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Stealth Workshop Powersport Utility Bag

Stealth Workshop Powersport Utility Bag Review

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Here’s an interesting piece of luggage that’s hard to characterize.  Is it a tail bag?  A tool bag?  Or how about a camera bag, a travel bag or…a lunch box?

All of the above actually, although a look at the manufacturer’s website — and a peek inside the bag — seems to indicate that the Stealth Workshop bag is mostly designed to carry tools.  The target market goes beyond motorcycles to ATV’s, snowmobiles, 4×4’s and more.  Anyone who can use a high-quality, semi-soft, rugged carrying bag.

And it would actually make a pretty good pit lane tool bag for track days, now that I think about it…

The Stealth Workshop bag is made from DuPont Cordura, that ubiquitous and magic motorcycle fabric.  The bottom half of the bag and the entire bottom is covered with some type of leather-look vinyl, and the piping that separates the two is a nice touch.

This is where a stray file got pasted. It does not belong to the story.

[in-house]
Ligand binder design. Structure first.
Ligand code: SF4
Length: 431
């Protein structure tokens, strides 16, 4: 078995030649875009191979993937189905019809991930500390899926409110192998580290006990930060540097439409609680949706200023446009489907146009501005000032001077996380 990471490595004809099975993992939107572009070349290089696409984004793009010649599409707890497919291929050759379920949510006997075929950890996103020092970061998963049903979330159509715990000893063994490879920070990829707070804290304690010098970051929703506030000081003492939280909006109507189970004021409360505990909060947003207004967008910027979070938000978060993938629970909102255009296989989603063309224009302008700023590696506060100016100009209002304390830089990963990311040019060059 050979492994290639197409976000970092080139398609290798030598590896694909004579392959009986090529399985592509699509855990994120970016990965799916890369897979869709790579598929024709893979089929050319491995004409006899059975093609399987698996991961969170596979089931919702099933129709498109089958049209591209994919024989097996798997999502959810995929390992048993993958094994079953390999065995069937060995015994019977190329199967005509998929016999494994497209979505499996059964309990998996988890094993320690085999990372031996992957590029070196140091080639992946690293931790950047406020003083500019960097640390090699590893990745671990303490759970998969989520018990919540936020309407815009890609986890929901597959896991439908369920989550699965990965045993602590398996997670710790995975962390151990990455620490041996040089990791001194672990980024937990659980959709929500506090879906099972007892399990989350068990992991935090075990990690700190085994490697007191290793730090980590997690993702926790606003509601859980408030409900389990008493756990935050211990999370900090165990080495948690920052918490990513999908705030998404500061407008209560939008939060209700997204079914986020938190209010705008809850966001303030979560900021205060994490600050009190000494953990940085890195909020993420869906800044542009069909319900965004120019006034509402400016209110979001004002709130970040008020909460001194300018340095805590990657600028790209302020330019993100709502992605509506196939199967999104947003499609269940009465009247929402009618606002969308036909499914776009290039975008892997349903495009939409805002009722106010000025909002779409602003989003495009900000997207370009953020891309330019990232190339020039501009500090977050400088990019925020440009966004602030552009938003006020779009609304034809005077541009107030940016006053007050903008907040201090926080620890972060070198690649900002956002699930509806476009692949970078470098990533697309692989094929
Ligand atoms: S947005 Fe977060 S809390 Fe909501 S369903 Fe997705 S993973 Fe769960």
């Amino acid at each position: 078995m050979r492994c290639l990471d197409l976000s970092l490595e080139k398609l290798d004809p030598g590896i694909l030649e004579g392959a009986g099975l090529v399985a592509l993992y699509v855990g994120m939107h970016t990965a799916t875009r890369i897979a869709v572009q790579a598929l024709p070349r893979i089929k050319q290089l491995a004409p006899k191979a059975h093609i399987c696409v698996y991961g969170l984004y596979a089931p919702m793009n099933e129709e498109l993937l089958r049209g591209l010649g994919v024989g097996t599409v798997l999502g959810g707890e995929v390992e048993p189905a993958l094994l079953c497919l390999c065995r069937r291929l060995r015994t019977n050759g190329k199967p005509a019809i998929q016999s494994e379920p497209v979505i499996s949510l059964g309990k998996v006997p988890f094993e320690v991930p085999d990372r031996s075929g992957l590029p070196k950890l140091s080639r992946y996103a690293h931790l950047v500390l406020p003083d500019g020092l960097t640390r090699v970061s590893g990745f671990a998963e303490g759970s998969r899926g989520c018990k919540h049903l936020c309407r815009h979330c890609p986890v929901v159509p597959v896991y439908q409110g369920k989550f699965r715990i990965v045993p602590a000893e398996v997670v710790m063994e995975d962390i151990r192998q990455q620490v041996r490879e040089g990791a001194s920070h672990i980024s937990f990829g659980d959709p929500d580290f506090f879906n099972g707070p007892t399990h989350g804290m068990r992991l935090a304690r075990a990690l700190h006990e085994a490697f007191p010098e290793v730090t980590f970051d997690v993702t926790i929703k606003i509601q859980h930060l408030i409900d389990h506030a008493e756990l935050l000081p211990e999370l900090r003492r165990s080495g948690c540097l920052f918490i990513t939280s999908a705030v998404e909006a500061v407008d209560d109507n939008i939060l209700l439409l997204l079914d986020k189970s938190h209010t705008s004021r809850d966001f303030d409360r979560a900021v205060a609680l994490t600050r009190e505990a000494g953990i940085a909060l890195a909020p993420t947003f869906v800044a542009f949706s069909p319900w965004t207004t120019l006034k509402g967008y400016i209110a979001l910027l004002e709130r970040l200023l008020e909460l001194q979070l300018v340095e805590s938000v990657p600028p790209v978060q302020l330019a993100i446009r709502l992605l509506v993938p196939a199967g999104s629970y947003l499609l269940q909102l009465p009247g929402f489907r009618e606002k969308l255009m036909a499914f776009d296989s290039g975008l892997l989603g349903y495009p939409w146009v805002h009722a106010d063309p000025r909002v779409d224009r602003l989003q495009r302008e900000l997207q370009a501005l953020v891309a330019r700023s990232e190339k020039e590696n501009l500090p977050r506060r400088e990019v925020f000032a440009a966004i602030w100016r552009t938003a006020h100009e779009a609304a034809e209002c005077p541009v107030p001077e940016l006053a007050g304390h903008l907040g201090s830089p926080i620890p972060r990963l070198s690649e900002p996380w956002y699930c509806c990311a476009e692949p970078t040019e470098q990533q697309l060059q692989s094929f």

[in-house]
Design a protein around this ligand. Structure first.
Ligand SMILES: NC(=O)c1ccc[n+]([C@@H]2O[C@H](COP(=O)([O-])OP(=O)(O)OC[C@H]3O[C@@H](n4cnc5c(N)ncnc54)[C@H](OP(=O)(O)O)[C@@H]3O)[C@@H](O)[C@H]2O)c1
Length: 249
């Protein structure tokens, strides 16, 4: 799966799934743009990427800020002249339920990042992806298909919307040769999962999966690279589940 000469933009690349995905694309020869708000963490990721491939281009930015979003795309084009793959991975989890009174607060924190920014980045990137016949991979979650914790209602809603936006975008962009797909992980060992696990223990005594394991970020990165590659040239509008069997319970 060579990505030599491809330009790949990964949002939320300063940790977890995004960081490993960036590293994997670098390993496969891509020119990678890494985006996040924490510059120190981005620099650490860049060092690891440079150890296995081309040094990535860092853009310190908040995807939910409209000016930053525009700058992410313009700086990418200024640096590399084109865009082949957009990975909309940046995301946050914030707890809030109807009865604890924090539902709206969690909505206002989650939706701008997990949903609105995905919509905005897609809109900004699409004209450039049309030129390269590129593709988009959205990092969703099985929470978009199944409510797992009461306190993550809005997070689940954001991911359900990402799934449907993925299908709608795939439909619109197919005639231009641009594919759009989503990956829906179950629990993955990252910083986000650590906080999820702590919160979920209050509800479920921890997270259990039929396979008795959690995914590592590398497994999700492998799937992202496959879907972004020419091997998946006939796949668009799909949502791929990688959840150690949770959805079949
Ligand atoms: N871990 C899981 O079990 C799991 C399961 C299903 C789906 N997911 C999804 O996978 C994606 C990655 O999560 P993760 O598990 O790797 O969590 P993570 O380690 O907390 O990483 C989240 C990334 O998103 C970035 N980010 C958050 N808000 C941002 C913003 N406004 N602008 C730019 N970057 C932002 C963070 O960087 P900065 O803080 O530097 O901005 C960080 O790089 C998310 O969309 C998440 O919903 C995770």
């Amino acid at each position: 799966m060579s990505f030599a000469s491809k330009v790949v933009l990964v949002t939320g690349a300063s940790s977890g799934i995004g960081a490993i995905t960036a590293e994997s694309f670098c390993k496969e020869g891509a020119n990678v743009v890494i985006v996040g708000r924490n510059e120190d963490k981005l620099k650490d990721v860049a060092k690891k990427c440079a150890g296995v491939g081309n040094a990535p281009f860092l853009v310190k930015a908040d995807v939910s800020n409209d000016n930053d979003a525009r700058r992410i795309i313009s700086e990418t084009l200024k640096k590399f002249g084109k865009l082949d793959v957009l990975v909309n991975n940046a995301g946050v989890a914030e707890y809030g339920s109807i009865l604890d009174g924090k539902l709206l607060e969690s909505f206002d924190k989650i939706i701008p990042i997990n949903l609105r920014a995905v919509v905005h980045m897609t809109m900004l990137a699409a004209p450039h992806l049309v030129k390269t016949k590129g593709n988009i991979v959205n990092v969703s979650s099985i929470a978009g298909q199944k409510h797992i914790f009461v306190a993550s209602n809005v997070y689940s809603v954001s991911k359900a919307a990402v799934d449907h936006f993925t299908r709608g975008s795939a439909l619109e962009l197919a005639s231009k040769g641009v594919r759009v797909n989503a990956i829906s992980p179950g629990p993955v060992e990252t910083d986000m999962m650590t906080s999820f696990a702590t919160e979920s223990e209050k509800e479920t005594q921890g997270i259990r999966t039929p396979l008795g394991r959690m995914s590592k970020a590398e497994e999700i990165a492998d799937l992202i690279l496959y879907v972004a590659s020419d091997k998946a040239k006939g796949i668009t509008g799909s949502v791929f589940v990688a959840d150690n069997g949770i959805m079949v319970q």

Stealth Workshop Utility Bag

Stealth Workshop Utility Bag - Pockets

Stealth Workshop Utility Bag With Tools

Using the Stealth Workshop Powersport Utility Bag

But the really cool part happens when the bag is opened up, sort of like opening a clam.  Those slab sides are actually a sort of saddlebag — in fact, when I first opened it, I thought it was designed to lay over the rear of a motorcycle seat, ending up with two miniature saddlebags that could be attached to a pair of racks or something.

The halves are held together with two flaps that are attached to the bottom of the bag at either side of the narrow ends.  Each flap has a large section of hook-and-loop that attaches to smaller mates on the edges of the clamshells.  Then the flaps snap together at the top with one of those plastic male/female snap hooks, like the ones found on motorcycle tank bags or panniers.

Open the flap, unfasten the hook-and-loop, fold down the two connecting flaps and undo the clamshell halves, and you’re presented with an array of pockets and storage nooks.  See our video below; it shows it all in action.

The bottom of the bag is formed by a large plastic removable tool or parts tray.  There are two soft neoprene-like zip-on pockets that cover the tray.  Each of these is covered with stretchy pockets that easily hold up to 10 wrenches.